17. A disposable attachment element for securing a microwave antenna element to skin of a patient to receive microwave radiation from the patient during injection of liquid int a blood vessel, the element comprising a flexible carrier sheet having an adhesive undersurface, a button of dielectric material on an upper surface of the sheet, and the sheet having an adhesive upper surface portion surrounding the button to receive a peripheral portion of a microwave antenna element coupled to the attachment element with the button receive in a corresponding recess of the antenna element, wherein the button has a stepped configuration with a larger base portion and smaller upper portion.
18. An attachment element as claimed in claim 17, wherein the carrier element includes an extension portion surrounding said upper surface portion with a flexible conformal covering layer over said extension portion.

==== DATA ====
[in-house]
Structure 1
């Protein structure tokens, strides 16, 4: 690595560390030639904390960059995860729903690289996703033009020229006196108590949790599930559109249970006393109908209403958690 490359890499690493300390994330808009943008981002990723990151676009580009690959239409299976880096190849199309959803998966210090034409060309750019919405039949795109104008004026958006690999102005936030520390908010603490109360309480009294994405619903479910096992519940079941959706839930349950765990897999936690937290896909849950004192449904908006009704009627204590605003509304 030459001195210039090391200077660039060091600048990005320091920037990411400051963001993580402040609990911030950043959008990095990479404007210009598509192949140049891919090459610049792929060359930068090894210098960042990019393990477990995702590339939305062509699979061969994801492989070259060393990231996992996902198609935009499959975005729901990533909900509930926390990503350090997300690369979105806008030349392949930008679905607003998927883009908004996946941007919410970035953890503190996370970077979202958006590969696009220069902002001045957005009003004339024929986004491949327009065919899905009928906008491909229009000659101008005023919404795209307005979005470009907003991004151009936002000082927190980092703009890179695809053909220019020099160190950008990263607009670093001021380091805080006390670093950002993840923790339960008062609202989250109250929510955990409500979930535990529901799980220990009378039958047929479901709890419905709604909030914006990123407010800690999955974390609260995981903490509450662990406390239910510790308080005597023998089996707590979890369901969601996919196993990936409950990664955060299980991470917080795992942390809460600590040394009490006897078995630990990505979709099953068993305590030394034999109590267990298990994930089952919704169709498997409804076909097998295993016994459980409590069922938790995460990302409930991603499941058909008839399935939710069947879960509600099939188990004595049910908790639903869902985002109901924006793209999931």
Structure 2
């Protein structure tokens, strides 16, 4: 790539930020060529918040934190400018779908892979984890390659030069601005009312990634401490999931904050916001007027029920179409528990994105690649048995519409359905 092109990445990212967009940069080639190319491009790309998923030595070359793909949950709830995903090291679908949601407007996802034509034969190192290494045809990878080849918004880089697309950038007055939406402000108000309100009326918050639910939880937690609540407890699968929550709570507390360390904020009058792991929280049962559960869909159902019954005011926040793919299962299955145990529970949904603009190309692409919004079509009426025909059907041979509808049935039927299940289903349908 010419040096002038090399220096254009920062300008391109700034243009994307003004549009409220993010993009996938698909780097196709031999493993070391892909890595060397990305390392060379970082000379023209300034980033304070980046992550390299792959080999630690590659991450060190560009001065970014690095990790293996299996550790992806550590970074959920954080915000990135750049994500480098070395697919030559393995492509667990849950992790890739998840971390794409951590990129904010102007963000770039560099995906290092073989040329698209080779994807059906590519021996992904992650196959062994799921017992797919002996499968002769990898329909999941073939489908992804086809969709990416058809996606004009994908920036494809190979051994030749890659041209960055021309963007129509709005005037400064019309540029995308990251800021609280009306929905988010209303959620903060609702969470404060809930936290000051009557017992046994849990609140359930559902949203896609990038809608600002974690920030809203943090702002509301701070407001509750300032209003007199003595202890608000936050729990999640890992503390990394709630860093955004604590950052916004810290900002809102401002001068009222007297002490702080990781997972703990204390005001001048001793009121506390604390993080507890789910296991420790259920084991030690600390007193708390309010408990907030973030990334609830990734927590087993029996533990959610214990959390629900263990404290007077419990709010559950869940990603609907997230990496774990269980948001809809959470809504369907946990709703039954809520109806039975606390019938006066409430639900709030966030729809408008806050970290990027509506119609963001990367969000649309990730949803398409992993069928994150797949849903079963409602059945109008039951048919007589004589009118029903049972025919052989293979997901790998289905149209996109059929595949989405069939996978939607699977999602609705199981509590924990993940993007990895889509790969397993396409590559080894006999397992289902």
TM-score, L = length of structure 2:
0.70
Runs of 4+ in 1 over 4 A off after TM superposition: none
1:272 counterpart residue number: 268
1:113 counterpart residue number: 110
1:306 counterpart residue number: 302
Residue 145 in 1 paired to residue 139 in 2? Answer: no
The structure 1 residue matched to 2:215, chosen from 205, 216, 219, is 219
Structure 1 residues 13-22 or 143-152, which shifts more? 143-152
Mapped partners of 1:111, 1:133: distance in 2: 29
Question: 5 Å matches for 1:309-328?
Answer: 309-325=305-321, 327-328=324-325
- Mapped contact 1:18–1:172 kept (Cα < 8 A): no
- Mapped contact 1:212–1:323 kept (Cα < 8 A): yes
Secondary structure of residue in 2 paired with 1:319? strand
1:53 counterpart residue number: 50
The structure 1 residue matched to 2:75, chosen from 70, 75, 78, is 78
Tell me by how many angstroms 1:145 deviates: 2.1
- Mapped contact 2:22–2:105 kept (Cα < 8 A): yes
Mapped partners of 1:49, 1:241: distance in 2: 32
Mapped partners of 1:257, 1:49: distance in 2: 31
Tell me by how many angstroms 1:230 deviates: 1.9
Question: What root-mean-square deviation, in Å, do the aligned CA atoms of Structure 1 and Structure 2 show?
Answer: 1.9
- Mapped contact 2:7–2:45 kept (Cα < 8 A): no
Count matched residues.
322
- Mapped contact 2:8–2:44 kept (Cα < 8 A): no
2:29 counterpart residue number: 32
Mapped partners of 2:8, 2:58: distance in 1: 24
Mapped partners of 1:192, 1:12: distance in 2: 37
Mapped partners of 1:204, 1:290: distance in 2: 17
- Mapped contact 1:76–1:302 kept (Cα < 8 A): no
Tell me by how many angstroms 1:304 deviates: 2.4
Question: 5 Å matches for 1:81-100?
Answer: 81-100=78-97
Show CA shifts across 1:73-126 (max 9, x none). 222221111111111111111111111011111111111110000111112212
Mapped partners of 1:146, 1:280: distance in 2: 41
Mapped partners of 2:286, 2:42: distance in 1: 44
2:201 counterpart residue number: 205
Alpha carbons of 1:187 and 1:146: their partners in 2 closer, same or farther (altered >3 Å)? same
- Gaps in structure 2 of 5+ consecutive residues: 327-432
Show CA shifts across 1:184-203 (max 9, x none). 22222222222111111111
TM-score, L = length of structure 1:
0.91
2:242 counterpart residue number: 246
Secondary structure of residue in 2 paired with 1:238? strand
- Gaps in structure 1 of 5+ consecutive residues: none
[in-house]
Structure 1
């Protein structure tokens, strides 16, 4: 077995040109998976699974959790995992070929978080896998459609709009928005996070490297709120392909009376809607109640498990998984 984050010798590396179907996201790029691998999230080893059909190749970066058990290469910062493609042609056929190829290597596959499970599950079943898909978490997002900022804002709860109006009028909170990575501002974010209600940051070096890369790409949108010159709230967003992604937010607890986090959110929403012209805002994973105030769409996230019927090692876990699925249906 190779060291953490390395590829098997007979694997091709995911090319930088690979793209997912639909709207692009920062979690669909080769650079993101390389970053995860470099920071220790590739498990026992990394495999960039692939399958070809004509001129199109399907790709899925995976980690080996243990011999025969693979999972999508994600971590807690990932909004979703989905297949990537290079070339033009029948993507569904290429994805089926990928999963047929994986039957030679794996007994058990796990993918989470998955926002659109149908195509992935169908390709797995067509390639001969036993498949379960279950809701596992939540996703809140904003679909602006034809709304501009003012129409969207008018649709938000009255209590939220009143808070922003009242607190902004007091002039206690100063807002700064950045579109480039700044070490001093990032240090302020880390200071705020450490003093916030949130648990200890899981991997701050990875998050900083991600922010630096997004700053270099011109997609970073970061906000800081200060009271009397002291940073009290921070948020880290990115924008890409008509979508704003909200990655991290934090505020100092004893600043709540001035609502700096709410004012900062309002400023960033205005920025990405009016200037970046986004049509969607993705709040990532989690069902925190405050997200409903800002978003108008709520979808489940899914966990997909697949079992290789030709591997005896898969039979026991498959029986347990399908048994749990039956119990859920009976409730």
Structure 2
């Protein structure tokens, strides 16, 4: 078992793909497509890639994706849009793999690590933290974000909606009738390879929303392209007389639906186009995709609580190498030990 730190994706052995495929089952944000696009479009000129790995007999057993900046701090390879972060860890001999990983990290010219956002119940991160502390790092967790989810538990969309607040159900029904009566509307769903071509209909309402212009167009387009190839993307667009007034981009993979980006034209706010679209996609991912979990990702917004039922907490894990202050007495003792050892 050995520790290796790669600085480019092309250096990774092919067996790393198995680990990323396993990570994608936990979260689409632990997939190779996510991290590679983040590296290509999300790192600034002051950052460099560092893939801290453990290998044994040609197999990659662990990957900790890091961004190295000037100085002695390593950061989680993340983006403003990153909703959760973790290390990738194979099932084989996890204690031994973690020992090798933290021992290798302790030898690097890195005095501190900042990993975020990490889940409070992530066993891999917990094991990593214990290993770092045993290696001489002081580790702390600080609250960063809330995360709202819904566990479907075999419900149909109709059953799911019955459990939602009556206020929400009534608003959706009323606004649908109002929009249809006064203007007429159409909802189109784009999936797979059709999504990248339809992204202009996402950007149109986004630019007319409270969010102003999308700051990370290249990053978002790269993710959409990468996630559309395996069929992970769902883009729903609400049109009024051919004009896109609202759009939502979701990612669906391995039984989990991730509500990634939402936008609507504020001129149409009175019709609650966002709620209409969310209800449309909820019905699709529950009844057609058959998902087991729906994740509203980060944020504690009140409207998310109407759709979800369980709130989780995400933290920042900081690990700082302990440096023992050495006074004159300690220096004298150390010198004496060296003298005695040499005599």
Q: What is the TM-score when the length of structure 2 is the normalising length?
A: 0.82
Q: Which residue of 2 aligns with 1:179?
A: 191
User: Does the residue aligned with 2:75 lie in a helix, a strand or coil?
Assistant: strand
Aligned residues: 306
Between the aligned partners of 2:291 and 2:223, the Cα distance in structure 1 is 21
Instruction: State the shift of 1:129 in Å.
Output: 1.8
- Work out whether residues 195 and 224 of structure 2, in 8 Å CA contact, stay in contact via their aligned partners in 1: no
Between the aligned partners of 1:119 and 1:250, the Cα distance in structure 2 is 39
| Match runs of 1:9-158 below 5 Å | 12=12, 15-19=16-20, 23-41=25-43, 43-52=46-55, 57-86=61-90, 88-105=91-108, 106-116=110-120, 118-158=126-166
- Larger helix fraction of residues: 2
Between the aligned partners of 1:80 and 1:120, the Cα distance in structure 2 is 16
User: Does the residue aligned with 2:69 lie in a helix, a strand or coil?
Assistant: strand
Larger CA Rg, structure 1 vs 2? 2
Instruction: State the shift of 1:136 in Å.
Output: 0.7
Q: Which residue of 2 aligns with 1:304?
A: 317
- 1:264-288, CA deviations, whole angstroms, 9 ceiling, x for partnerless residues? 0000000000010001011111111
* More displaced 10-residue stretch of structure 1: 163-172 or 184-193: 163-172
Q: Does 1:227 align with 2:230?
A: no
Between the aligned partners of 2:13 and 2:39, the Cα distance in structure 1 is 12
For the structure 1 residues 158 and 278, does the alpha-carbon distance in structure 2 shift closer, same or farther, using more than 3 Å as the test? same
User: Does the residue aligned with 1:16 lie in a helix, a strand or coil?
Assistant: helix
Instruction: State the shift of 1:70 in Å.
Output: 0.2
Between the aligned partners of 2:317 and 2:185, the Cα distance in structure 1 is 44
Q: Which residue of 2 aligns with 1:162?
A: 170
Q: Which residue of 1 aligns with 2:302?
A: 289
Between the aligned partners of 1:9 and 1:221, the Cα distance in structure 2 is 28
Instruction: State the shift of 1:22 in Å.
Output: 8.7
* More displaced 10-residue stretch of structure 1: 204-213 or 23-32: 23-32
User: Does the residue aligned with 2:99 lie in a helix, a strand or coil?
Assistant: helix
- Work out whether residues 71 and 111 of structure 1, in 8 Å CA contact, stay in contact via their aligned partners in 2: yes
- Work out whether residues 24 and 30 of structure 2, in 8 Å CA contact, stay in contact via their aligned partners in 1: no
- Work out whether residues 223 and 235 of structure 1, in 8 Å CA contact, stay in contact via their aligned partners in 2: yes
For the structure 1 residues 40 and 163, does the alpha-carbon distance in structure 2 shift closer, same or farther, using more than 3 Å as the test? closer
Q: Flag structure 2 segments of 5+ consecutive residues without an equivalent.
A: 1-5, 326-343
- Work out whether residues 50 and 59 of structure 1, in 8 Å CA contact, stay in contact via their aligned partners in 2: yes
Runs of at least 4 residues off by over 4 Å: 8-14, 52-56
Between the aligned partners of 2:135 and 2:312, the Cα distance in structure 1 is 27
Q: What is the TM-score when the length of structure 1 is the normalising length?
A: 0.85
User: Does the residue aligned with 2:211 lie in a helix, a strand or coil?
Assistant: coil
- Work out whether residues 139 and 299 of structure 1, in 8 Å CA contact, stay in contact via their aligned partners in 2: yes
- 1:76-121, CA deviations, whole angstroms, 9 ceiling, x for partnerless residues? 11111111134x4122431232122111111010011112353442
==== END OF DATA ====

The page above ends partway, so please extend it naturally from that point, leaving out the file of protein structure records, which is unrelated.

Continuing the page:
19. An attachment element as claimed in claim 18, wherein the extension portion has a circular configuration with at least one radially outwardly extending leg.
20. An attachment as claimed in claim 19, wherein said leg is provided with a lengthwise measuring scale for locating the button on a patient's skin relative to the tip of an injection cannula inserted into a blood vessel.